ECB Bought Public, Private Securities €29.9B in July

President Mario Draghi explained the Governing Council’s latest monetary policy decisions at a press conference in Riga on June, 14, 2018 - Photo by ECB

JAKARTA (TheInsiderStories)The European Central Bank (ECB) bought public and private sector securities worth €29.9 billion in July under its expanded asset purchase programme. On June 14, the Governing Council of ECB has give a signal will continue to make net purchases under the asset purchase programme (APP) until the end of September 2018.

The APP is part of a package of measures that also includes targeted longer-term refinancing operations.

The decision subject to incoming data confirming the Governing Council’s medium-term inflation outlook, the monthly pace of the net asset purchases will be reduced to €15 billion until the end of December 2018 and that net purchases will then end.

The Governing Council also intends to maintain its policy of reinvesting the principal payments from maturing securities purchased under the APP for an extended period of time after the end of the net asset purchases, and in any case for as long as necessary to maintain favorable liquidity conditions and an ample degree of monetary accommodation.

Chart by ECB

in June, ECB has decided hold the interest rates on Thursday. Previous monthly purchases were conducted at average paces of €60 billion from March 2015 until March 2016, €80 billion from April 2016 until March 2017, and €60 billion from April 2017 to December 2017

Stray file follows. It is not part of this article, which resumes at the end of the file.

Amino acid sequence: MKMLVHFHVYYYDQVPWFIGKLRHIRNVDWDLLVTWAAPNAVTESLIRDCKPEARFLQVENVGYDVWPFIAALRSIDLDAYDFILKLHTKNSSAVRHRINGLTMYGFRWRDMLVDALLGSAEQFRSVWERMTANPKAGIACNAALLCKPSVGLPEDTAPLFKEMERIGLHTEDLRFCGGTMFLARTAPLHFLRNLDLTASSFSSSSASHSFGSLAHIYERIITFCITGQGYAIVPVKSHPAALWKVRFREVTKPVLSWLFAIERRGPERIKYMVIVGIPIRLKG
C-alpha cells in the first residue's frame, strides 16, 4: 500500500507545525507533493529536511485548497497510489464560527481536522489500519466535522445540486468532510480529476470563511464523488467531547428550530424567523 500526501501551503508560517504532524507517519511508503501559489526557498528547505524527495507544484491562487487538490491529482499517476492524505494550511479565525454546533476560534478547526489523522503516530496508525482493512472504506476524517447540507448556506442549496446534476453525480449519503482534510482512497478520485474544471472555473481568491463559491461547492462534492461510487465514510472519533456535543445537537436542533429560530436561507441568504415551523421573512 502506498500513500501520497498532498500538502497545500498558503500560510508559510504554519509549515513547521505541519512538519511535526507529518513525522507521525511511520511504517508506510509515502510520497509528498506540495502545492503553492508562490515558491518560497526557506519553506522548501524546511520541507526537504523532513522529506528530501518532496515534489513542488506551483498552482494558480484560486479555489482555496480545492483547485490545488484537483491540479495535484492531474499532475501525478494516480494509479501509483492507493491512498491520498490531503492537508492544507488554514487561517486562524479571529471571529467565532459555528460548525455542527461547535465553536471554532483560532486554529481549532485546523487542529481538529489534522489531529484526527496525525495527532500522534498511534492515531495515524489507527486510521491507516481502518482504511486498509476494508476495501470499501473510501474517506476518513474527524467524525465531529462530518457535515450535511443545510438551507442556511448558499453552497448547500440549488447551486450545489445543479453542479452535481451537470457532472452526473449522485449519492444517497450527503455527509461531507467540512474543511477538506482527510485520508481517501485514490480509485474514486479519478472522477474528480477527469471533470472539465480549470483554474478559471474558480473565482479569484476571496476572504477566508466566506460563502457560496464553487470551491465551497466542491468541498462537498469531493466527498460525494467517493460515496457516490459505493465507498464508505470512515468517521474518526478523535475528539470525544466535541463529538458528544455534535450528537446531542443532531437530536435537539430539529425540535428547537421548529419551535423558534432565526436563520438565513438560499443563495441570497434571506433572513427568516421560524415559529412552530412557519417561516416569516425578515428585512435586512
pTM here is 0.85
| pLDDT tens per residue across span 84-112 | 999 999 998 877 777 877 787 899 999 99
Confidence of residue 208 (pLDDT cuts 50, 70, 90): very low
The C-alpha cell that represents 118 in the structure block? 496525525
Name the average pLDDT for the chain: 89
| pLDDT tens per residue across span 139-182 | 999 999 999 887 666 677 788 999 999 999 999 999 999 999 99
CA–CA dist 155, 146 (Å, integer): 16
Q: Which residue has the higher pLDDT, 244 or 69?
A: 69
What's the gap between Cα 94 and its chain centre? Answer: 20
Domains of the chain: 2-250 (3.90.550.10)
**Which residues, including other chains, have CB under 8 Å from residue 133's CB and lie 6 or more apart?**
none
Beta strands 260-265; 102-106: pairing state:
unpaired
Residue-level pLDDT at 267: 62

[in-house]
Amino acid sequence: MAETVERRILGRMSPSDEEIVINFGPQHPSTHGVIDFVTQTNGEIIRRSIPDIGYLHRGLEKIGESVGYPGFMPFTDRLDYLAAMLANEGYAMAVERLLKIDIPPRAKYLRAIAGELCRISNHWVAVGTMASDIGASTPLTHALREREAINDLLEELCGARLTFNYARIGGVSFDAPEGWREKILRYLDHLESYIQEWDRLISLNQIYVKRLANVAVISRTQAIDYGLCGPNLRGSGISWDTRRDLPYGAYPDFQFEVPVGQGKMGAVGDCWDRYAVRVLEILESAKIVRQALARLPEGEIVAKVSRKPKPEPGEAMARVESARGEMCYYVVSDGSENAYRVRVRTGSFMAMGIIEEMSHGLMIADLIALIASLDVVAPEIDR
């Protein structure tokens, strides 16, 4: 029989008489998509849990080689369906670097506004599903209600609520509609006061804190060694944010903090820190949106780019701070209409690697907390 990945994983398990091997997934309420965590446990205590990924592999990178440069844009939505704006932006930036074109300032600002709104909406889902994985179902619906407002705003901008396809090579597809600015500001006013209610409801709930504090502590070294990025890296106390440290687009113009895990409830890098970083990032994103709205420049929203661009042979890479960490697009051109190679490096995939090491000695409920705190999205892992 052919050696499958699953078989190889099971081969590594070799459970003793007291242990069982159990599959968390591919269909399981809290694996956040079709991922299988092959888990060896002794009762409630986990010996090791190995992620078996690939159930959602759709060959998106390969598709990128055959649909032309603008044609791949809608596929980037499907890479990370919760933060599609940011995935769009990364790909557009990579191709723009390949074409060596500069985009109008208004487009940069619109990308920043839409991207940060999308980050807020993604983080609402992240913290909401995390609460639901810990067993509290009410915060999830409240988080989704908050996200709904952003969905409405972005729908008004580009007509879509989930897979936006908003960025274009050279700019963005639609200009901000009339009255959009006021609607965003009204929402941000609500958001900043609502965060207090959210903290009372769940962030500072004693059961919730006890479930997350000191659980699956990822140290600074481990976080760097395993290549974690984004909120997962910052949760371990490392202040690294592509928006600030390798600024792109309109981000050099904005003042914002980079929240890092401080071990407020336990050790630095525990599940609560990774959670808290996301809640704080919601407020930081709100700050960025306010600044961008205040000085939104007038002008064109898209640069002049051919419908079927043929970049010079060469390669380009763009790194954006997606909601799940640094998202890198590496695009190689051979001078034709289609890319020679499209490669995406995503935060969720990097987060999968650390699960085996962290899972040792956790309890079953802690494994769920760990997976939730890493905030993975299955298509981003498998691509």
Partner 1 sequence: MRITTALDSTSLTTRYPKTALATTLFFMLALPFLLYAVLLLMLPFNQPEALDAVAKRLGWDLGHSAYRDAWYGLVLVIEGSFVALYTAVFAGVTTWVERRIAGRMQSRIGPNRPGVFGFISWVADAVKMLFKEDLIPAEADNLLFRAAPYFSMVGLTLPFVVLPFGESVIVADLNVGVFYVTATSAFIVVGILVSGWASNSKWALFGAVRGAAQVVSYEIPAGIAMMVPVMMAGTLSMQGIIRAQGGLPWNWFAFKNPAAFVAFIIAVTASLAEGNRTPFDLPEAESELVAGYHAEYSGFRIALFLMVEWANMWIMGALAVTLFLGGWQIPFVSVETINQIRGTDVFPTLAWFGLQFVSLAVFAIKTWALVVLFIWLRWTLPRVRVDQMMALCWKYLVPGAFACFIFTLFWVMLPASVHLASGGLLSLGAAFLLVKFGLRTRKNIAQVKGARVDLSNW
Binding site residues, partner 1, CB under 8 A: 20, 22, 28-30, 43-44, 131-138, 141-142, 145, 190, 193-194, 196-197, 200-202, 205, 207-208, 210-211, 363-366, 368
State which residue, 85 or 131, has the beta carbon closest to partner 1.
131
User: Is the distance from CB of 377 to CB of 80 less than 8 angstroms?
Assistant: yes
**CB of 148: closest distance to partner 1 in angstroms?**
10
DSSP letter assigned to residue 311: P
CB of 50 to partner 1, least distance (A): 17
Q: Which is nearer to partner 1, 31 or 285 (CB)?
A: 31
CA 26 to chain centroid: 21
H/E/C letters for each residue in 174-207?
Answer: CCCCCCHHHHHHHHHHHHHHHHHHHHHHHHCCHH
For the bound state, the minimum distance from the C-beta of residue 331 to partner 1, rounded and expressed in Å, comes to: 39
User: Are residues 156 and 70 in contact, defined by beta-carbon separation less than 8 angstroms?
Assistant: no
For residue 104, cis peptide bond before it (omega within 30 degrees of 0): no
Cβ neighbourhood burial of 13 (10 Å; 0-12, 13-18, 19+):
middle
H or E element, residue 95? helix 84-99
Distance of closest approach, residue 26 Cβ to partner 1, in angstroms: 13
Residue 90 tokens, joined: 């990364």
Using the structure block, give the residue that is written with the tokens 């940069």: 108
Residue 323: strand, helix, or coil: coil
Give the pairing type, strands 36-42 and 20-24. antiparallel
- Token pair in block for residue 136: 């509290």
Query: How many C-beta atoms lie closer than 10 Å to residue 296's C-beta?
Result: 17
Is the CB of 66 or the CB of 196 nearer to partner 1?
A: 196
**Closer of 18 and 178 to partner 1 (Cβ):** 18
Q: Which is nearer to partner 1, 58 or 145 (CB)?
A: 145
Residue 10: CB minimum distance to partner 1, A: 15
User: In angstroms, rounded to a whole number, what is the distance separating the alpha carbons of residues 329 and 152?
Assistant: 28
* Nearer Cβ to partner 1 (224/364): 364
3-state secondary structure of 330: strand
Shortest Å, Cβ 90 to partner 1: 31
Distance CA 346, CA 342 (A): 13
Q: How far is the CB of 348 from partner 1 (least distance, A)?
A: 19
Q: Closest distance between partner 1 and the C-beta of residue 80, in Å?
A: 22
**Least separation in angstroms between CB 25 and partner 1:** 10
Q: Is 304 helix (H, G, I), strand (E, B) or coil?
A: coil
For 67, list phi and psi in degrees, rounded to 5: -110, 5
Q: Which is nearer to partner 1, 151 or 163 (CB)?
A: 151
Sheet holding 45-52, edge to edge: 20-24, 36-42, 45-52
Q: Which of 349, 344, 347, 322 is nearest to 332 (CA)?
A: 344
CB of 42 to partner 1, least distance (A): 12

The central bank said it will also remove its crisis-era stimulus program by the end of this year, a decade after the start of the euro zone’s economic downturn.

In the latest monetary stance of ECB, the president Mario Draghi stated, since the start of APP in January 2015, the Governing Council has made net asset purchases under the APP conditional on the extent of progress towards a sustained adjustment in the path of inflation to levels below, but close to, 2 percent in the medium term.

He continued, as a result Euro-system staff’ assessment, the Governing Council concluded that progress towards a sustained adjustment in inflation has been substantial so far.

in the last meeting, th Governing Council decided to keep the interest rates unchanged and expect to remain at their present levels at least through the summer of 2019 and in any case for as long as necessary to ensure that the evolution of inflation remains aligned with our current expectations of a sustained adjustment path.

Draghi’ said, in any event, the Governing Council stands ready to adjust all of its instruments as appropriate to ensure that inflation continues to move towards the Governing Council’s inflation aim in a sustained manner.

Based on ECB data, quarterly real GDP growth moderated to 0.4 percent in the first quarter (1Q) of 2018, following growth of 0.7 percent in the previous quarters. This moderation reflects a pull-back from the very high levels of growth in 2017, compounded by an increase in uncertainty and some temporary and supply-side factors at both the domestic and the global level, as well as weaker impetus from external trade.